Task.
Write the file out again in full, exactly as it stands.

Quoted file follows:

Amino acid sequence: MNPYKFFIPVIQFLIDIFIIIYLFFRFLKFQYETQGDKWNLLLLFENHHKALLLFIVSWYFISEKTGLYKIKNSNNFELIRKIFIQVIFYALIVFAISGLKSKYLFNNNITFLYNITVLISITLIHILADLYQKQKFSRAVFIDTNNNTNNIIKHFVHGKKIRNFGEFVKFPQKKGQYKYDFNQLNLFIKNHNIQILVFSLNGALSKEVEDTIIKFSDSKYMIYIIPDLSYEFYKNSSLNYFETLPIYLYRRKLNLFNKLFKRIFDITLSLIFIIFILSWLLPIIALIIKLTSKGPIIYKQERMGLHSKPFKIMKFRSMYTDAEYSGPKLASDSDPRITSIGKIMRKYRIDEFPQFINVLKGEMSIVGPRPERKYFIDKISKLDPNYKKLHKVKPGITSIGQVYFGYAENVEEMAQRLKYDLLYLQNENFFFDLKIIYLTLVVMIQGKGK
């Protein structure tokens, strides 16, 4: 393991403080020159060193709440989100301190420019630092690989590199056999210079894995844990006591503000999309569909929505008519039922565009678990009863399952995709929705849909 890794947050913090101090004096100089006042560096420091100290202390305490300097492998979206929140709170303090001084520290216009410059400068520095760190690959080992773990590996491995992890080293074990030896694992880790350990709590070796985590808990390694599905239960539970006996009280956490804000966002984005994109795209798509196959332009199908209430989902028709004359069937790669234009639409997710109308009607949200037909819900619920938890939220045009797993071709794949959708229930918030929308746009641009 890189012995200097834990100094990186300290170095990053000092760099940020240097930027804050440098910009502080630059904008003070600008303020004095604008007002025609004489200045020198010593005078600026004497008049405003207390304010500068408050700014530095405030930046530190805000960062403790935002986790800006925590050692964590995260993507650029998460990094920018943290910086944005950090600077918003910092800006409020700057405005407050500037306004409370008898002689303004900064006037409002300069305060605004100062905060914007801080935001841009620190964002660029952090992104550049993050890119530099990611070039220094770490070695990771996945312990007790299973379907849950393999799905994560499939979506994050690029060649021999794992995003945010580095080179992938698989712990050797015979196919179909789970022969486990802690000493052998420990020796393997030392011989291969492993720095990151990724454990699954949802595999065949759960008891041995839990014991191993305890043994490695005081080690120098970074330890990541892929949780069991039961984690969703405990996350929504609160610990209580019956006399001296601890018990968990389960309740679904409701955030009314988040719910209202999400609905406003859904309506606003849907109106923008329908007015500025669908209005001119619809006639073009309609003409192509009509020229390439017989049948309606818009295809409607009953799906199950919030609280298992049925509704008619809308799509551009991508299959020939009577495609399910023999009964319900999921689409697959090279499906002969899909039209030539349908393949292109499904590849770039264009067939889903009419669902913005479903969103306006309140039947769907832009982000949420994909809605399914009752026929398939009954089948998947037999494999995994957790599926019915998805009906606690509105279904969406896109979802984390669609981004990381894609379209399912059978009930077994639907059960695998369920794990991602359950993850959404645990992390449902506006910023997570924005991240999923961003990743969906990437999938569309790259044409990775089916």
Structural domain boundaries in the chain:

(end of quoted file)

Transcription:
Amino acid sequence: MNPYKFFIPVIQFLIDIFIIIYLFFRFLKFQYETQGDKWNLLLLFENHHKALLLFIVSWYFISEKTGLYKIKNSNNFELIRKIFIQVIFYALIVFAISGLKSKYLFNNNITFLYNITVLISITLIHILADLYQKQKFSRAVFIDTNNNTNNIIKHFVHGKKIRNFGEFVKFPQKKGQYKYDFNQLNLFIKNHNIQILVFSLNGALSKEVEDTIIKFSDSKYMIYIIPDLSYEFYKNSSLNYFETLPIYLYRRKLNLFNKLFKRIFDITLSLIFIIFILSWLLPIIALIIKLTSKGPIIYKQERMGLHSKPFKIMKFRSMYTDAEYSGPKLASDSDPRITSIGKIMRKYRIDEFPQFINVLKGEMSIVGPRPERKYFIDKISKLDPNYKKLHKVKPGITSIGQVYFGYAENVEEMAQRLKYDLLYLQNENFFFDLKIIYLTLVVMIQGKGK
């Protein structure tokens, strides 16, 4: 393991403080020159060193709440989100301190420019630092690989590199056999210079894995844990006591503000999309569909929505008519039922565009678990009863399952995709929705849909 890794947050913090101090004096100089006042560096420091100290202390305490300097492998979206929140709170303090001084520290216009410059400068520095760190690959080992773990590996491995992890080293074990030896694992880790350990709590070796985590808990390694599905239960539970006996009280956490804000966002984005994109795209798509196959332009199908209430989902028709004359069937790669234009639409997710109308009607949200037909819900619920938890939220045009797993071709794949959708229930918030929308746009641009 890189012995200097834990100094990186300290170095990053000092760099940020240097930027804050440098910009502080630059904008003070600008303020004095604008007002025609004489200045020198010593005078600026004497008049405003207390304010500068408050700014530095405030930046530190805000960062403790935002986790800006925590050692964590995260993507650029998460990094920018943290910086944005950090600077918003910092800006409020700057405005407050500037306004409370008898002689303004900064006037409002300069305060605004100062905060914007801080935001841009620190964002660029952090992104550049993050890119530099990611070039220094770490070695990771996945312990007790299973379907849950393999799905994560499939979506994050690029060649021999794992995003945010580095080179992938698989712990050797015979196919179909789970022969486990802690000493052998420990020796393997030392011989291969492993720095990151990724454990699954949802595999065949759960008891041995839990014991191993305890043994490695005081080690120098970074330890990541892929949780069991039961984690969703405990996350929504609160610990209580019956006399001296601890018990968990389960309740679904409701955030009314988040719910209202999400609905406003859904309506606003849907109106923008329908007015500025669908209005001119619809006639073009309609003409192509009509020229390439017989049948309606818009295809409607009953799906199950919030609280298992049925509704008619809308799509551009991508299959020939009577495609399910023999009964319900999921689409697959090279499906002969899909039209030539349908393949292109499904590849770039264009067939889903009419669902913005479903969103306006309140039947769907832009982000949420994909809605399914009752026929398939009954089948998947037999494999995994957790599926019915998805009906606690509105279904969406896109979802984390669609981004990381894609379209399912059978009930077994639907059960695998369920794990991602359950993850959404645990992390449902506006910023997570924005991240999923961003990743969906990437999938569309790259044409990775089916």
Structural domain boundaries in the chain: